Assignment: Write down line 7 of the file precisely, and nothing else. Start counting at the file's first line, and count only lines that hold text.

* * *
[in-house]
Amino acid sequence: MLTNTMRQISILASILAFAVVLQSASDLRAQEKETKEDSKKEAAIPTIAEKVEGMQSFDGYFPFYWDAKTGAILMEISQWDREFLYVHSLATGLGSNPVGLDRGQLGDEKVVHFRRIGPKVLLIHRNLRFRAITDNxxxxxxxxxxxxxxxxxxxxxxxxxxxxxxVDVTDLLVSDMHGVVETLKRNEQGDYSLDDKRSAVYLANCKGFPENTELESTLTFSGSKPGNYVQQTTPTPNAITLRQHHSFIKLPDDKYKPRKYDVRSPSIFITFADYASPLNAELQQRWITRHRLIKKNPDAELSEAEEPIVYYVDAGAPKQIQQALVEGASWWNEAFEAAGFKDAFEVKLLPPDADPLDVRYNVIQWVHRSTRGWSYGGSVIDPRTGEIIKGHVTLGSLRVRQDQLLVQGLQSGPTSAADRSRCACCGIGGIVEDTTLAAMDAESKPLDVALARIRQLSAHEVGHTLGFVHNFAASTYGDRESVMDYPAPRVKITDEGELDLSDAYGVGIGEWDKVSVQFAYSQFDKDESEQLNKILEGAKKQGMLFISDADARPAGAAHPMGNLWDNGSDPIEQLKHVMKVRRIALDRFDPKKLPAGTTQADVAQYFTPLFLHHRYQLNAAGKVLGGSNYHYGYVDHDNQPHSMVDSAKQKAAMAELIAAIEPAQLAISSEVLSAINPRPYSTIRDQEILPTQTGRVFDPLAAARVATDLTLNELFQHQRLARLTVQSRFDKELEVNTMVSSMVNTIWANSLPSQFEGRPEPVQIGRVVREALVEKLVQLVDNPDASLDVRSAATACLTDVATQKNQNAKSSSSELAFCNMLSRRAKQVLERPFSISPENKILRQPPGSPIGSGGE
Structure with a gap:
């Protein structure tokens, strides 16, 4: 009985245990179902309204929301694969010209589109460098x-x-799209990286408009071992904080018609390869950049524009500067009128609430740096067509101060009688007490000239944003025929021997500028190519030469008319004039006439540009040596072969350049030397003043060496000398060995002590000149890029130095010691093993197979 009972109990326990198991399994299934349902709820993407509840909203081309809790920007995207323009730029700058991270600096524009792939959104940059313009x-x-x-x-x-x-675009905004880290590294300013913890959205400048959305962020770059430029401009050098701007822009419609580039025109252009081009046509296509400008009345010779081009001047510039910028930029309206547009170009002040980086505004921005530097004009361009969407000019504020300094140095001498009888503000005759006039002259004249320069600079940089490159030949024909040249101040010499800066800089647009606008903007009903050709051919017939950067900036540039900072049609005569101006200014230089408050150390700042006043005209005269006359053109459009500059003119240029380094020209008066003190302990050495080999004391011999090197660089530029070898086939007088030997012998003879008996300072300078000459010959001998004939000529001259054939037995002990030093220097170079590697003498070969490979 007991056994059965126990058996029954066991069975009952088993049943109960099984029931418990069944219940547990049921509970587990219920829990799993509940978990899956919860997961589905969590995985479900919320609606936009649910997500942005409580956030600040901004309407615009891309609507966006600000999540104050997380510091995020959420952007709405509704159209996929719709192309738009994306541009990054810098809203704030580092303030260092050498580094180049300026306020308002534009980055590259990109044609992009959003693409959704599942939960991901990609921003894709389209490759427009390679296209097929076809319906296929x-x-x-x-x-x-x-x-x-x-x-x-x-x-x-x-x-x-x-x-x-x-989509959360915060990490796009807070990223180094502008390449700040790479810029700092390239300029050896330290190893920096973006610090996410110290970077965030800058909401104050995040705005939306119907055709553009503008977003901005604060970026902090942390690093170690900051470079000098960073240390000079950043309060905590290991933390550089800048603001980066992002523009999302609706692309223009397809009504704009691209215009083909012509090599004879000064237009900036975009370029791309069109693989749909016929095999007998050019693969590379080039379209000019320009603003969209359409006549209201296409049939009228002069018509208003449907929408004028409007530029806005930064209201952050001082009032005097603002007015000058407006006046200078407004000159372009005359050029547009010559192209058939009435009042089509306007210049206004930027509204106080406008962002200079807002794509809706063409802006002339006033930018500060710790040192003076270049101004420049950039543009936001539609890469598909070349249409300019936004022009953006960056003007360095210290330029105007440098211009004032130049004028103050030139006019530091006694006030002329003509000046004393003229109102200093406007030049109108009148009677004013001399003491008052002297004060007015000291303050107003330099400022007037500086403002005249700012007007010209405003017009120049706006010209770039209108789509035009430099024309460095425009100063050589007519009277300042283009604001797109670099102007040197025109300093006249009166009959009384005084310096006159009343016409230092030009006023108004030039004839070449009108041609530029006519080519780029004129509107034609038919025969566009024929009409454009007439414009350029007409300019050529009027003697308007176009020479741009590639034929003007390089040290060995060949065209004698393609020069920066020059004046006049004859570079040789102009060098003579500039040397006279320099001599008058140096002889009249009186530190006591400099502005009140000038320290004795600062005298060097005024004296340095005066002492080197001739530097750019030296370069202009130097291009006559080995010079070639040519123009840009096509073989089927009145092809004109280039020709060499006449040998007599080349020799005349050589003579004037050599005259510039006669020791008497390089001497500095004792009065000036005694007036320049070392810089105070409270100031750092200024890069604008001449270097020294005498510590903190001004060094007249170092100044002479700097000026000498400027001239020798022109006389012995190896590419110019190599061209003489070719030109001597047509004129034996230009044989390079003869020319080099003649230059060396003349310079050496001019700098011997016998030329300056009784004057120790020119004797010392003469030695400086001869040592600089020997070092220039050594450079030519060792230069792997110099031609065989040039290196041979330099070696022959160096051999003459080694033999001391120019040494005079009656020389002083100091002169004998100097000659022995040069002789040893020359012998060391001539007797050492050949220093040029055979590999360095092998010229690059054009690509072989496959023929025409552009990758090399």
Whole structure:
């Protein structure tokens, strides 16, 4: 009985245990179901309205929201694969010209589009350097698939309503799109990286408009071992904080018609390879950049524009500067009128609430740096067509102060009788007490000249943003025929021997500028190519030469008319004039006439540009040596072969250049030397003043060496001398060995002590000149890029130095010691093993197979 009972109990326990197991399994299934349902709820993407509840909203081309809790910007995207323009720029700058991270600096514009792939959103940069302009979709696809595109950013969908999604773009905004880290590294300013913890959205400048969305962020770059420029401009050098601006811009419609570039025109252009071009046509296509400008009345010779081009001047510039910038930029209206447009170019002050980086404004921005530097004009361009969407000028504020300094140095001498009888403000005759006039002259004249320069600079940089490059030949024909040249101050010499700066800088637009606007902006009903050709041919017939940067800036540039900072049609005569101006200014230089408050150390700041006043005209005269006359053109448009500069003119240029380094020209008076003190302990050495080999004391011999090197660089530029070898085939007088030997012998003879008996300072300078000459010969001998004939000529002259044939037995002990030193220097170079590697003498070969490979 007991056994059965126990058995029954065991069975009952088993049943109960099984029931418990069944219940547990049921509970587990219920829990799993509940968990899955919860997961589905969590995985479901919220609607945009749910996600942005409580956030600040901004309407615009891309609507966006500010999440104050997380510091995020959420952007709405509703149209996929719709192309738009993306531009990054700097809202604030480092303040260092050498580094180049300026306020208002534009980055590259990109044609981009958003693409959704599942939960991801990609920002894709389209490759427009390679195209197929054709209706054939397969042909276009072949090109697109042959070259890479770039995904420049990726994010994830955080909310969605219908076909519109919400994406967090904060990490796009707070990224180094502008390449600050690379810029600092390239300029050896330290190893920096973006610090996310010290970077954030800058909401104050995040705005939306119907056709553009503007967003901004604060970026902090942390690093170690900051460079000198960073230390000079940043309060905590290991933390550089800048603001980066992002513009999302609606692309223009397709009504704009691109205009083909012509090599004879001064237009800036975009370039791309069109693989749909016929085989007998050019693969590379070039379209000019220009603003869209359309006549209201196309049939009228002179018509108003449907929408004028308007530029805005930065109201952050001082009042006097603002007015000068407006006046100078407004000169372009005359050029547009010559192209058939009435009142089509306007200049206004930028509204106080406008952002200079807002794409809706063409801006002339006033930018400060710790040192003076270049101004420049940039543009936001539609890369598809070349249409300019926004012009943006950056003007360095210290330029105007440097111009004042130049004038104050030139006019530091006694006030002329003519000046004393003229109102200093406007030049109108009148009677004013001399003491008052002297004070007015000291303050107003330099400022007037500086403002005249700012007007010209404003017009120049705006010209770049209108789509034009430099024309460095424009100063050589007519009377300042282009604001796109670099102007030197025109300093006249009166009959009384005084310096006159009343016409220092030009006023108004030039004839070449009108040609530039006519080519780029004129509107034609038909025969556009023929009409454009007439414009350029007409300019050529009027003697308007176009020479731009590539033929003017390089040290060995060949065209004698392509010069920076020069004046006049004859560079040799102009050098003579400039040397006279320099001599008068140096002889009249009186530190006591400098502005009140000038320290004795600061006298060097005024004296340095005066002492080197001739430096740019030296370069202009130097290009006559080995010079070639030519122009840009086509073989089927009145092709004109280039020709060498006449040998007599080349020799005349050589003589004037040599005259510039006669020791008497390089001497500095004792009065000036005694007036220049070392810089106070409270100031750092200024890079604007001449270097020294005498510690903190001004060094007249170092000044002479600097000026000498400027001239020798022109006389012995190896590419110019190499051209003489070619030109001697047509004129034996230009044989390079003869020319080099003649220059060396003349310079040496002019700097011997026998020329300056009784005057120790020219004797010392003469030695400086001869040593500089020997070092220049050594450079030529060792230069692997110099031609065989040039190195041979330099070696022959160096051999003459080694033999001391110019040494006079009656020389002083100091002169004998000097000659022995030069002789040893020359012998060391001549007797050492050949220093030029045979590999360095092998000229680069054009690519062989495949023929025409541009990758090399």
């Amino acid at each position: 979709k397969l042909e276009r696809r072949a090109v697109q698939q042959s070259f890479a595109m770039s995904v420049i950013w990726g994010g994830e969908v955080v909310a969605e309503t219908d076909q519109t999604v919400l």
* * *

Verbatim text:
């Amino acid at each position: 979709k397969l042909e276009r696809r072949a090109v697109q698939q042959s070259f890479a595109m770039s995904v420049i950013w990726g994010g994830e969908v955080v909310a969605e309503t219908d076909q519109t999604v919400l």